Cat Sebastian answered on 21 May 2018:
This is a tricky question to answer. As you say, it could be that awareness of and interest in mental health is increasing, leading to increased reports of mental illness by young people. Arguably the stigma associated with mental illness has also declined, leading to a greater willingness to discuss and disclose. Increased awareness of parents, teachers and schools may also mean issues are picked up when they otherwise wouldn’t be. Once professional help is sought, it could also be that willingness to diagnose has increased. As an extreme example, as recently as the 1970s, it was written that ‘the notion of a syndrome of childhood depression rests largely on surmise’ (Lefkowitz & Burton, 1978). So increased awareness, reporting and changes in professional practice go some way towards explaining an increase.
However, there does seem to be some good evidence of recent increases in poor mental health in children and adolescents, particularly among girls and young women. For example, NHS figures show an increase in the number of admissions for self-harm among under 18s over a 10 year period, with the increase driven mainly by girls (42% increase from 2005-2015). There is also evidence from a couple of studies recently published by Dr Praveetha Patalay and colleagues showing much higher rates of depression in young people (again mainly girls) than had been found in previous years. In 2004, Green et al. estimated the prevalence of adolescent depression at around 8%, while Patalay et al. (2017) found up to 24% 14-year old girls may suffer clinically significant symptoms of depression (9% of boys). Depression is more likely in girls from poorer families, and in bright girls. These studies were conducted using the Millennium Cohort Study data, which provides detailed data on over 10,000 young people, so might be expected to provide a fairly accurate estimate.
The big question then is why we might be seeing these trends. Obvious culprits are increasing academic pressure, increasing social pressure (e.g. social media), bullying and poverty. Some of these factors likely impact girls to a greater extent. However, to my knowledge it is currently unclear exactly what the increase can be attributed to. Perhaps a combination of several of these factors, which makes addressing this complex problem all the more difficult.
Sveta Mayer answered on 19 Jun 2018:
Hi Forda, your question is one that remains very relevant for clinicians who find they are increasingly diagnosing and treating children with mental health conditions (more about this below). However, education professionals, community services (e.g. CAHMS) and policy makers, especially over the last decade, are finding they play an important role in supporting children and young people’s mental health and wellbeing, including those at clinical threshold (again more about this below).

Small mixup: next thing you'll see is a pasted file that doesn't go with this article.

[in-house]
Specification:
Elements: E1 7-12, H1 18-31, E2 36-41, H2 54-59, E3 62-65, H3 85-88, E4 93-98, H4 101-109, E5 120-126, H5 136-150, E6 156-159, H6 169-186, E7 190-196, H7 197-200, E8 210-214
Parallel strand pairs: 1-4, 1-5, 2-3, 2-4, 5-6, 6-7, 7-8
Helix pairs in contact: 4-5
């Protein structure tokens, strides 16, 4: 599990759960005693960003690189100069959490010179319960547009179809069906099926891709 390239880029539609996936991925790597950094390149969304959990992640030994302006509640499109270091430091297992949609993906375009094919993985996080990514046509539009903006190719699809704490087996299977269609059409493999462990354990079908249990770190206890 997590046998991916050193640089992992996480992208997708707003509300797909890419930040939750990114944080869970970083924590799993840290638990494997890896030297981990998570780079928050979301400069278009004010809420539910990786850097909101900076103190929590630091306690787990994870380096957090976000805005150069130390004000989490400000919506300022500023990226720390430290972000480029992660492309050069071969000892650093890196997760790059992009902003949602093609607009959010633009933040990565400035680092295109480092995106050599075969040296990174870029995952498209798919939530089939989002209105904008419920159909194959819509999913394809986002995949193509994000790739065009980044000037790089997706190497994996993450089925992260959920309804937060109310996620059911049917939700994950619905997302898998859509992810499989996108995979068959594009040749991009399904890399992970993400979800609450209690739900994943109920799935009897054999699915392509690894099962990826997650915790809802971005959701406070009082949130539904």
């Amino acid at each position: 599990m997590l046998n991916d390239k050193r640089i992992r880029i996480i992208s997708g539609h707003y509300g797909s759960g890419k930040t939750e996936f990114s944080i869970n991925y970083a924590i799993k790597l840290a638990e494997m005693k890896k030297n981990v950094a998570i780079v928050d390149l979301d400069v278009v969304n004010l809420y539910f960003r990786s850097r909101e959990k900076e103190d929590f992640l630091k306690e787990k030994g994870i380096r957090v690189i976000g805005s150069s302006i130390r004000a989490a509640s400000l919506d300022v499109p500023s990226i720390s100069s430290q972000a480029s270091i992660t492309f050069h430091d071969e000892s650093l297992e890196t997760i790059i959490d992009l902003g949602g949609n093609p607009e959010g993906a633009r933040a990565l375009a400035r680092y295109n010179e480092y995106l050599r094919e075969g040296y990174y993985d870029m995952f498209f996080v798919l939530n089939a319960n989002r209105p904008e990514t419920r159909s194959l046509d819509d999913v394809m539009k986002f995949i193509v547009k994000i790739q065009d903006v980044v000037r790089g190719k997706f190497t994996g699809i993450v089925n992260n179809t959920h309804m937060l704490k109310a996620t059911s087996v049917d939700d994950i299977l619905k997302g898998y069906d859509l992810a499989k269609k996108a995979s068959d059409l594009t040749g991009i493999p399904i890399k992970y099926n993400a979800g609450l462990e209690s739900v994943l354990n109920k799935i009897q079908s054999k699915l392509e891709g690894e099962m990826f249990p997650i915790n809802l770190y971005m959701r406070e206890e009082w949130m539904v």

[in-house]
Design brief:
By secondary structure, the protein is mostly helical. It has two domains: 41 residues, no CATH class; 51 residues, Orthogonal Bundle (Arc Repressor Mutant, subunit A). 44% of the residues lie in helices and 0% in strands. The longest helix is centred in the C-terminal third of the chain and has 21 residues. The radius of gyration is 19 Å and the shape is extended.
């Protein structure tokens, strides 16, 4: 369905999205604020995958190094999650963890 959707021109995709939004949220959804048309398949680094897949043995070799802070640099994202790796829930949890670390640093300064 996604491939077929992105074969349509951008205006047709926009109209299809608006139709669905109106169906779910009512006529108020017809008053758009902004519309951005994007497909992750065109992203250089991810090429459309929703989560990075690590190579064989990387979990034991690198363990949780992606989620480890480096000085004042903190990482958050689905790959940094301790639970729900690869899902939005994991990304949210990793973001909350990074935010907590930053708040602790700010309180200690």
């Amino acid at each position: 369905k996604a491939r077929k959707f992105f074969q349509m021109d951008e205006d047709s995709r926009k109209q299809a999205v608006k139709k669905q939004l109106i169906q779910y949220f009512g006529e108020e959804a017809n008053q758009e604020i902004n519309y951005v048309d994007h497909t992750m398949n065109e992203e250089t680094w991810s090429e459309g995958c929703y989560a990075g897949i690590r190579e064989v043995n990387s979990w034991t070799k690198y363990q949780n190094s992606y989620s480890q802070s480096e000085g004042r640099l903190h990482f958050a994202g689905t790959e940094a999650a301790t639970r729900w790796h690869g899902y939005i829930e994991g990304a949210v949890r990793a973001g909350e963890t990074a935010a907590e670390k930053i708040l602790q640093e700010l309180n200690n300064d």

This widening of mental health and wellbeing provision has arisen from awareness from longitudinal comparative international research by UNICEF and WHO over the last decade. The research revealed English school children’s perception of their mental health lags behind their counterparts in wealthy countries and is within the bottom third of all international countries studied. Such awareness may be responsible for increased clinical referral, diagnosis and treatment, in particular through CAHMS. However, whether these findings reveal mental health and wellbeing is better or worse is difficult to gauge because the diagnostic criteria for mental health disorders has been revised in 2013 with the publication of the fifth edition of the Diagnostic and Statistical Manual for Mental Health Disorders (DSM). Why is this of relevance to clinicians? Well, longitudinal comparison with diagnosis of mental health disorders published in the previous edition is not informative and research into the validity of diagnostic criteria to diagnose mental health disorders (see Reference 1 below) suggests a rise in diagnosis but this may not be due to increased prevalence (i.e. not due to more people experiencing mental health problems at clinical threshold).
Given the ambiguity of longitudinal research based upon diagnostic criteria, research within specific contexts (e.g. geographical regions, settings such as CAHMS) to indicate both prevalence of mental health conditions and effectiveness of mental health provision within these contexts is currently more reliable. When undertaken such studies provide policy makers with evidence-based research about the scope of children and young people’s mental health conditions to inform the need for mental health provision for children and young people (see Reference 2 and 3 as examples of research by Public Health England and Mental Health First Aid England). Such findings are revealing increased reporting by children and young people, clinical diagnosis and treatment.
So what part might schools and education professionals play in supporting children and young people’s good mental health? Preventative mental health and wellbeing provision for children and young people within the school setting continues to increase. This is facilitated by, for example, the government campaign for national role out of mental health training programmes, including within schools by Mental Health First Aid England, a registered training provider (see Reference 3). I am currently involved in researching one such programme (Youth MHFA training) to identify which school-based characteristics (e.g. school type, curriculum, practitioners’ professional role) are more likely to lead to successful implementation of preventative Youth MHFA provision.
1. Mental Health Diagnostic Tome Comes Under Fire: https://www.scientificamerican.com/article/mental-health-diagnostics-tome/
2. Public Health England: https://www.gov.uk/government/publications/improving-the-mental-health-of-children-and-young-people
3. Youth Mental Health First Aid England: